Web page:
Salesforce, Slack join $22.5M round into cloud cost control startup Zylo
An underused Salesforce plan here or a superfluous Office 365 subscription there isn’t a big concern in a startup. But in a large enterprise with thousands of employees, wasteful cloud spending can add up to a major expense.
Indianapolis-based Zylo Inc. today announced that it has raised $22.5 million in a Series B funding round to help companies rein in their software-as-a-service costs. Uber Technologies Inc. investor Menlo Ventures led the round. It was joined by Salesforce Ventures, Slack Fund, Bessemer Venture Partners and other institutional backers.
Zylo provides a platform for monitoring cloud spending that is used by major brands such as Nike Inc. The offering — which is delivered as, what else, a cloud service — doesn’t merely generate a list of the SaaS applications employed throughout an organization but also breaks down their utilization.
Zylo’s dashboard groups services based on their function and shows whether there are any redundant subscriptions in each given category. For example, the platform will flag if a company is paying for four different videoconferencing tools. Administrators can select individual SaaS applications to see how much they’re paying for them, as well as identify any unused accounts or subscriptions that should be canceled.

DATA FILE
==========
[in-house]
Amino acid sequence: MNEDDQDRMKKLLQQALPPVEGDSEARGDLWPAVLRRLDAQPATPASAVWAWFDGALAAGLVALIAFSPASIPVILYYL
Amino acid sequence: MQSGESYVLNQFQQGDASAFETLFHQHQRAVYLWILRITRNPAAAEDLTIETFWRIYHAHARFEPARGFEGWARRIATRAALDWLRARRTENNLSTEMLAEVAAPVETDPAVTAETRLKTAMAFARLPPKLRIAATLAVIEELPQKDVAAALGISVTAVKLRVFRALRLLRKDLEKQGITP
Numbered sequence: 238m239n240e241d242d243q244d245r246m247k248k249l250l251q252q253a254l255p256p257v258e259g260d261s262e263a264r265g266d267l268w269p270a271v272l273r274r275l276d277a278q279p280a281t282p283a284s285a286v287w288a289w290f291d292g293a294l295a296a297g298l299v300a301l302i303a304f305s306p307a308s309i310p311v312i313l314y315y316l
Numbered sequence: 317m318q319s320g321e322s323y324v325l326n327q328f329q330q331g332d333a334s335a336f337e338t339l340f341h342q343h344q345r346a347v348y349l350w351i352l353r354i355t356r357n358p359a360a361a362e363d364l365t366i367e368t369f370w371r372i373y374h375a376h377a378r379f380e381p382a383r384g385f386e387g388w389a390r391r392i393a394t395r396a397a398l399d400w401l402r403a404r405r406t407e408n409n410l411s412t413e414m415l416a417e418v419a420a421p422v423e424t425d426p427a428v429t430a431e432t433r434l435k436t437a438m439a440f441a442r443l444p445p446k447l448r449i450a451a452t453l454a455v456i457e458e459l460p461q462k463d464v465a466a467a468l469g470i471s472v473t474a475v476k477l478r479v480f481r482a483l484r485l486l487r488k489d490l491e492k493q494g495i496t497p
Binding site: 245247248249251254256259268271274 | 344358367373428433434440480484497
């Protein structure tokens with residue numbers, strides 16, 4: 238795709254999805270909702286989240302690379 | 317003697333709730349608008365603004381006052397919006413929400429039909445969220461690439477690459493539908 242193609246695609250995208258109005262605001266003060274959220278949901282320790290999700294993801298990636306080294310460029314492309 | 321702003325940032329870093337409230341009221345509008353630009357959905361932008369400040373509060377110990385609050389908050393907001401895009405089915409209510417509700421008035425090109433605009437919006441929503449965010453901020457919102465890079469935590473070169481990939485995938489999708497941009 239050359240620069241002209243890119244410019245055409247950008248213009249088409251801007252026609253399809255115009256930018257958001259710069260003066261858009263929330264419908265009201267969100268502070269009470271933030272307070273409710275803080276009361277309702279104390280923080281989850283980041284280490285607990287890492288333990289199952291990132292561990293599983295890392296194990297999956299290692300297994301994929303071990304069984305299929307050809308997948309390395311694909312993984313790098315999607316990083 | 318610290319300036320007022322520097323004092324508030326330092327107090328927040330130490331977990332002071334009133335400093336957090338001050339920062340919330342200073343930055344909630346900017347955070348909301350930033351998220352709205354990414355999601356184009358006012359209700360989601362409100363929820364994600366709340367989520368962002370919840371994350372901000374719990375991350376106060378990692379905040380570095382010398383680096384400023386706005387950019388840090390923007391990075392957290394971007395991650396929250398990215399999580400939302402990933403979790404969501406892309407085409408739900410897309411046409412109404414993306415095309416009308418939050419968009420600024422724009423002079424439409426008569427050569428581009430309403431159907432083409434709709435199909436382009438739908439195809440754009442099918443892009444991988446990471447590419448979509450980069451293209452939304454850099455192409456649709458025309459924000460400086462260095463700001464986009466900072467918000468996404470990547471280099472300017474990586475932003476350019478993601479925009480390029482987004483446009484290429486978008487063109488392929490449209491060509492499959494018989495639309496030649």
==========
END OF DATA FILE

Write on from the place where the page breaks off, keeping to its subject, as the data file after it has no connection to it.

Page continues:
The platform displays all this information in the form of easy-to-follow charts that are meant to make it straightforward for information technology teams to find otherwise hidden inefficiencies. The startup’s visual approach has apparently hit the mark. According to Zylo, its corporate customers are using its platform to manage more than $10 billion in combined SaaS spending.
“We are working with many of the largest companies in the world to solve the biggest challenge for CIOs related to SaaS — which is visibility into the proliferation of SaaS,” said Zylo Chief Executive Officer Eric Christopher (pictured, center). “Today, enterprises spend an average of $10,000 or more per employee on SaaS, making the stakes higher than ever for CIOs to optimize their investments.”
Many of the enterprises using Zylo to manage their SaaS subscriptions no doubt employ cloud platforms such as Amazon Web Services. In the future, the startup might have an opportunity to capitalize on that overlap by extending its cost monitoring features to cloud infrastructure.
Zylo would face significant competition if it were to go down that route. Cloudability Inc., a maker of tools for optimizing infrastructure-as-a-service budgets, was acquired by Apptio Inc. earlier this year. Moreover, Amazon Web Services Inc. and the other major providers offer their own native cost management products.
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